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In preperation for my photography book of Chile:
-locate and Photograph native areas of the Monterey Pine
-locate and Photograph Eucalyptus forests of California.


Sections of Chile-            Sections of California Pacific-

-Desert North                  -Cabo/southern Baja
-Norte Chico                   -Central baja/san pedro de martir
-La Serena                      -San Diego
-Metro/vina/valpo            -Los Angeles/Santa Barbara
-Valle Central/Concep     -central cali/bay area
-Volcanes                        -Portland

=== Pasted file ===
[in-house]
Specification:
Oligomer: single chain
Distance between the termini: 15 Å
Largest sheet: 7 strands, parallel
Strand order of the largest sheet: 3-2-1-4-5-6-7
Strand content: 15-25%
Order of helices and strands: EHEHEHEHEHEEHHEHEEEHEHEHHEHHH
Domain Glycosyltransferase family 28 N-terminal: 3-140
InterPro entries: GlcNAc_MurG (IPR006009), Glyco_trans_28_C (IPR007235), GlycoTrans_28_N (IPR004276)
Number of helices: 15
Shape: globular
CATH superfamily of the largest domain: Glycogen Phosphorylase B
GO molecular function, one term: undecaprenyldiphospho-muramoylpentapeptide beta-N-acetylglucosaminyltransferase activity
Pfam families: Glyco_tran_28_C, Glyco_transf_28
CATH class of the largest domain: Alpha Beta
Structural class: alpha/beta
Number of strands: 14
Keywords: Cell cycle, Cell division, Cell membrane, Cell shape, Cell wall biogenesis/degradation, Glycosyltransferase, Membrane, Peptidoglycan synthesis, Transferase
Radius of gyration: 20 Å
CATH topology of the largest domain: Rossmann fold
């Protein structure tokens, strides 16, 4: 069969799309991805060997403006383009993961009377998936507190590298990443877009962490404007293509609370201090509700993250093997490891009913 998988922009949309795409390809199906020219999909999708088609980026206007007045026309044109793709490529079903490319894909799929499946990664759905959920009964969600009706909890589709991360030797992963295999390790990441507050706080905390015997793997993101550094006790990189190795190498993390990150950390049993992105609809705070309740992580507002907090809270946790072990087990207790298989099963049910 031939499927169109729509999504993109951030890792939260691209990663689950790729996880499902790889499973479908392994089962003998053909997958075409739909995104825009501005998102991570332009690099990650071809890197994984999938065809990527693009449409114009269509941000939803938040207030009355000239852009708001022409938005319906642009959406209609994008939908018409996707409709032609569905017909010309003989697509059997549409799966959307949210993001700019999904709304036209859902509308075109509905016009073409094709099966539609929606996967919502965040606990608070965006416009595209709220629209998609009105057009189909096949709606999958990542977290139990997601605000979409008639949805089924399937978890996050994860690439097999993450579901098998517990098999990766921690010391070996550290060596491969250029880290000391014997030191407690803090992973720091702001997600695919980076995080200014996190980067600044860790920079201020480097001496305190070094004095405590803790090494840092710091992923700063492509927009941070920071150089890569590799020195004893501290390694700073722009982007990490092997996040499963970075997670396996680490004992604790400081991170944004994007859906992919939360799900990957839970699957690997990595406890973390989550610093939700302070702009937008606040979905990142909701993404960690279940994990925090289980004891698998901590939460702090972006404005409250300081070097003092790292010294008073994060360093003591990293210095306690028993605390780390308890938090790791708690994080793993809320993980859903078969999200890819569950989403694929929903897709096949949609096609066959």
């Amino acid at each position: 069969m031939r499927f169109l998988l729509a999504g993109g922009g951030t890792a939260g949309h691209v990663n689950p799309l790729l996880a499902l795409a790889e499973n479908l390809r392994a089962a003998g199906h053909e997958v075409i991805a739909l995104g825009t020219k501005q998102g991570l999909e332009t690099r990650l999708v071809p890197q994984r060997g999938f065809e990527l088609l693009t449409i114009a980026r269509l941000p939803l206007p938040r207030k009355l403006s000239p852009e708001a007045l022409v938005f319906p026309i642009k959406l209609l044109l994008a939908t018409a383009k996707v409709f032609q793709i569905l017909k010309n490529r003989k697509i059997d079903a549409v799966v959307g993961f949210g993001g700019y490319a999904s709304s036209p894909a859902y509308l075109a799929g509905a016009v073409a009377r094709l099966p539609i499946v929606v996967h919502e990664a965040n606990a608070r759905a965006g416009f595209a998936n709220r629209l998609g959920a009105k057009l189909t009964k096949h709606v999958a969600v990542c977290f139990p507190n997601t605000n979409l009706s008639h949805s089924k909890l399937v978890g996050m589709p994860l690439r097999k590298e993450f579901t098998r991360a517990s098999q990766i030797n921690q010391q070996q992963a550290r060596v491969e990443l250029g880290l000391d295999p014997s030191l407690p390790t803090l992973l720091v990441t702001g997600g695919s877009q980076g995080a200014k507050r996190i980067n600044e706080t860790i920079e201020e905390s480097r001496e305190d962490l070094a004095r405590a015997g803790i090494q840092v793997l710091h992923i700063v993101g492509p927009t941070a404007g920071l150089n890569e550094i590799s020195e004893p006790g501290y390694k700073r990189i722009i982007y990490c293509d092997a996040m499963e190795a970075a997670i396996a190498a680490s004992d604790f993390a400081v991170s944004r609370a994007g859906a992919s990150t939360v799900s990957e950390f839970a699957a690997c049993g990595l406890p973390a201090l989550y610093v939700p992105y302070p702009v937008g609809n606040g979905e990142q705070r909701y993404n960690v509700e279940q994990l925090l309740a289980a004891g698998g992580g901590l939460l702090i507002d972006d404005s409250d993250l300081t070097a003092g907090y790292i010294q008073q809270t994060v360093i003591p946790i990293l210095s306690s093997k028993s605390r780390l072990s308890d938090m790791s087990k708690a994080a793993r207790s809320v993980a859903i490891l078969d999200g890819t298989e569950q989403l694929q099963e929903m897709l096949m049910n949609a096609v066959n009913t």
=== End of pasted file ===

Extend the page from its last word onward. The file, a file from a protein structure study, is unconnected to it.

-Distrito Lagos                -Seattle
-Fjordland                       -British Columbia/Vancouver
-Hielo Norte                    -Juneau
-Hielo Sur                        -Wrangall/St. Elias
-Tierra del Fuego             -Prince William sound
-Antarctica                       -Denali and Above

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October 1, 2008 at 4:31 am

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nature vs. nuture

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October 1, 2008 at 4:30 am

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30 Hours in the Emigrant Wilderness, Sierra Nevada, California

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[NOTE: I purchased a new Camera- a Nikon D80, and this entire gallery was taken with that camera.]